Does State Law Require You to Support Your Aging Parent?

Advice For Caregivers

elderly parent care

Who is “required” to take care of your elderly parent?

Currently, thirty states (Alaska, Arkansas, California, Connecticut, Delaware, Georgia, Idaho, Indiana, Iowa, Kentucky, Louisiana, Maryland, Massachusetts, Mississippi, Montana, Nevada, New Hampshire, New Jersey, North Carolina, North Dakota, Ohio, Oregon, Pennsylvania, Rhode Island, South Dakota, Tennessee, Utah, Vermont, Virginia, and West Virginia) have passed filial (due from son or daughter) responsibility laws.  In a nutshell, these filial support laws require adult children to financially support their parents if they are not able to take care of themselves.  This includes food, clothing, shelter, and health care/medical needs.  The filial laws vary from state to state, but in general, the following is what you need to know if this may apply to you.

Very broadly, the following criteria need to be met in order for filial responsibility laws to apply:

  • Your parent is accepting financial support from the state government.
  • Your parent has a medical or nursing home bill, acquired in the state which has a filial responsibility law, which they cannot pay.
  • Your parent is considered indigent, meaning the cost of their care is exceeding their Social Security benefits.
  • Your parent does not qualify for Medicaid, which would typically be used to cover such expenses.
  • The caregiver has reason to believe the patient’s child has the money to pay the bill, and chooses to sue the child for what is owed.

If you are sued and a court of law holds you accountable for the bills, you risk stiff penalties for not paying them, including possible jail time.  In some states, judges have the discretion to garnish your wages or place a lien on any property you owe in an attempt to collect the money.  Having either of those things happen to you will result in your credit rating being lowered.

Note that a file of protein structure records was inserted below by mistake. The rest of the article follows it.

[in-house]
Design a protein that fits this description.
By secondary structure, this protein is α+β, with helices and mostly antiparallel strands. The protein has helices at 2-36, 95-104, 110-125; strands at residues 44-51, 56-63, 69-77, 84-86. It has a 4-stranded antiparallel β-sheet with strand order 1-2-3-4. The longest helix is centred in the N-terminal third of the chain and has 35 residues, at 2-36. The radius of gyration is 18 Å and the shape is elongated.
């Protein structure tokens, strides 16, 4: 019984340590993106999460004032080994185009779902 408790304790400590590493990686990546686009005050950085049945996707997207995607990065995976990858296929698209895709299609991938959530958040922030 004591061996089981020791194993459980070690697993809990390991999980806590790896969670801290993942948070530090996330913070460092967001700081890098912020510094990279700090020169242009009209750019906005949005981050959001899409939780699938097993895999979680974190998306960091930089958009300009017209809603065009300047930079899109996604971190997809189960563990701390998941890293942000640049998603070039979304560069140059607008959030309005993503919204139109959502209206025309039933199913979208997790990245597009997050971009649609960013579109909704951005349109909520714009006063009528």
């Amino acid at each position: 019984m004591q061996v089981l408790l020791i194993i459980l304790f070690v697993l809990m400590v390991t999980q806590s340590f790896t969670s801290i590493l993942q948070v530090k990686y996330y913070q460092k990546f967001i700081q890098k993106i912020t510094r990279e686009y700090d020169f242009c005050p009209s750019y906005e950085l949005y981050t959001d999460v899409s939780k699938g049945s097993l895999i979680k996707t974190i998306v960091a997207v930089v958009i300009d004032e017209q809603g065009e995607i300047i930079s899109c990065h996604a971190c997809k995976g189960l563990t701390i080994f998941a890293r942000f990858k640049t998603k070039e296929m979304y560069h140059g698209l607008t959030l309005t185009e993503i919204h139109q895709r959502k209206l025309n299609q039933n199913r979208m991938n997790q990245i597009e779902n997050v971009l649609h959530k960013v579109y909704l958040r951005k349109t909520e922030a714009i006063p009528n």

The positive news is that judges also have the discretion over deciding to enforce filial responsibility laws.  If you can demonstrate that you do not have the financial means to pay for your parent’s bills, the court system is generally not inclined to impoverish you by making you responsible for them.  Additionally, if you can show that you have significant family expenses you are dealing with otherwise, such as medical bills of your own, or even college tuition, a judge may exempt you from having to pay your parent’s debts as well.

Finally, if you can demonstrate that your parent abused or abandoned you as a child, the law typically considers that individual to be undeserving of your support. (Some states do require a certain number of years of abandonment prior to age 18 in order for the abandonment rule to apply.)

If you live in one of the states mentioned and fear that you may be sued under filial responsibility laws, your best course of action is to seek out an elder care attorney in your state for further advice.  Alternately, you may wish to consult with an elder care attorney if you would like to put a plan in place to make sure your parent will be provided for in the event they need long term care (such as nursing home care or assisted living) in the future.